What Causes Laryngeal Papillomatosis?

Reviewed on 6/11/2021

Laryngeal papillomatosis is a rare disease that causes benign (noncancerous) tumors called papillomas grow inside the voice box (larynx), vocal cords, or the air passage from the nose to the lungs (respiratory tract). It is caused by two types of human papillomavirus (HPV), HPV 6 and HPV 11, and is spread from person to person sexually or from mother to baby during childbirth.
Laryngeal papillomatosis is a rare disease that causes benign (noncancerous) tumors called papillomas grow inside the voice box (larynx), vocal cords, or the air passage from the nose to the lungs (respiratory tract). It is caused by two types of human papillomavirus (HPV), HPV 6 and HPV 11, and is spread from person to person sexually or from mother to baby during childbirth.

Laryngeal papillomatosis, also known as recurrent respiratory papillomatosis (RRP), is a rare disease in which benign (noncancerous) tumors called papillomas grow inside the voice box (larynx), vocal cords, or the air passage from the nose to the lungs (respiratory tract). 

Most laryngeal papillomas (tumors) develop in children before the age of three. 

Laryngeal papillomatosis is caused by two types of human papillomavirus (HPV):

  • HPV 6 and
  • HPV 11.

HPV does not cause illness in most people, but a small number of people exposed to the HPV 6 or 11 virus can develop respiratory tract papillomas and genital warts

It is not known why some people develop the disease and others do not, but the virus is believed to be spread through sexual contact or when a mother with genital warts passes the HPV 6 or 11 virus to her baby during childbirth. 

What Are Symptoms of Laryngeal Papillomatosis?

Laryngeal papillomas (tumors) are usually quick growing and can vary in size and can cause symptoms including: 

Laryngeal papillomas may be misdiagnosed as asthma or chronic bronchitis because many of the symptoms are similar. 

How Is Laryngeal Papillomatosis Diagnosed?

Laryngeal papillomatosis is diagnosed with a patient history and a physical examination, and 

two main tests: 

  • Indirect laryngoscopy 
    • A fiber optic telescope (endoscope) is inserted into the nose or mouth and the larynx is viewed on a monitor
  • Direct laryngoscopy 
    • A procedure that uses general anesthesia
    • This method allows the doctor to view the vocal folds and other parts of the larynx under high magnification
    • Usually used to minimize discomfort, especially with children, or to allow the doctor to biopsy tissue samples from the larynx or other parts of the throat for diagnosis 

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What Is the Treatment for Laryngeal Papillomatosis?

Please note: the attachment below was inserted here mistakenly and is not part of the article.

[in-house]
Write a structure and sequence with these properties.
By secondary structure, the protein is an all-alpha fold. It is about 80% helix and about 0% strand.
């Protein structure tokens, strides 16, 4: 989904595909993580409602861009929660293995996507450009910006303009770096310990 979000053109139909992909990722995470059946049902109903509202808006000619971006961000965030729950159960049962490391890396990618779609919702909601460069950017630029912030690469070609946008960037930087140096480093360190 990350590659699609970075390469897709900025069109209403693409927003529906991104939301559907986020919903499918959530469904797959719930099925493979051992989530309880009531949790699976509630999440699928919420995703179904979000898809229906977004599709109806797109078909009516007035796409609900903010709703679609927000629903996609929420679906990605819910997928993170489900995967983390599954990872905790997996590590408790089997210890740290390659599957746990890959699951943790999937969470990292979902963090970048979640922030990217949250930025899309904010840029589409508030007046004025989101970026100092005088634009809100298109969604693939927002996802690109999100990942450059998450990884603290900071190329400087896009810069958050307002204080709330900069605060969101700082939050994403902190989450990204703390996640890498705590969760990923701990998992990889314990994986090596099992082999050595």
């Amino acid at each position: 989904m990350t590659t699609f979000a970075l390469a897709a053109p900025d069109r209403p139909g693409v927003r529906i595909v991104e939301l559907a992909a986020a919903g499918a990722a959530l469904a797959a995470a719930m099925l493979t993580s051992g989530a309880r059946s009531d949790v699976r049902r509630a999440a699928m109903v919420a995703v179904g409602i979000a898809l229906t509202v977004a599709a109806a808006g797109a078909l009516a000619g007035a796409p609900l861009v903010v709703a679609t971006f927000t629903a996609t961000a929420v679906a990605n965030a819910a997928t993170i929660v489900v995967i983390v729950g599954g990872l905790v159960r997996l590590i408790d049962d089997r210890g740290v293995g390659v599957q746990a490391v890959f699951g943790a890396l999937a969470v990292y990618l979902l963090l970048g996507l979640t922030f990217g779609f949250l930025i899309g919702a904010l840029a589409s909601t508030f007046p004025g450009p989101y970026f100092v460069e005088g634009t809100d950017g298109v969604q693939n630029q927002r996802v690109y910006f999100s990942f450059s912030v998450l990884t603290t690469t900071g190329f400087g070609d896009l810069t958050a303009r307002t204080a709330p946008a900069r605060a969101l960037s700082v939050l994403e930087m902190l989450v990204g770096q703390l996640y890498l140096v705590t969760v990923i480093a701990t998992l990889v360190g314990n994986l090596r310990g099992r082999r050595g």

There is currently no cure for laryngeal papillomatosis. 

The main treatment is surgery to remove tumors from the larynx or airway. Laser surgery is preferred because traditional surgery can cause problems due to scarring of the larynx tissue.  

Even after tumors are removed, it is common for them to return and for patients to require multiple surgeries. In some patients, surgery may be required as frequently as every few weeks to keep breathing passages open. 

In extreme cases where there is aggressive tumor growth, a tracheotomy may be performed. An incision is made in the front of the patient’s neck and a breathing tube (trach tube) is inserted through an opening (stoma) into the trachea (windpipe) and patient breathes through the trach tube instead of the mouth and nose. This is often used for a short time; however, some patients need a trach tube for a longer period to keep the airways open. This can cause difficulty speaking and patients may need to see a voice specialist or speech-language pathologist to learn to use their voice with the use of a speaking valve. 

In severe cases, drug treatments may be used in addition to surgery, including:

  • Antivirals such as interferon and cidofovir, which block the virus from making copies of itself
  • Indole-3-carbinol, a cancer-fighting compound found in cruciferous vegetables such as broccoli and brussels sprouts
  • Bevacizumab, which targets the blood vessel growth of papilloma

How Do You Prevent Laryngeal Papillomatosis?

Laryngeal papillomatosis can be prevented by vaccination with the HPV vaccine. The Centers for Disease Control (CDC) currently recommends all children (boys and girls) receive the HPV vaccine at age 11 or 12. 

Talk to your child’s doctor whether the type of HPV vaccine your child will receive will protect against HPV 6 and 11. 

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Reviewed on 6/11/2021
References
https://www.nidcd.nih.gov/health/recurrent-respiratory-papillomatosis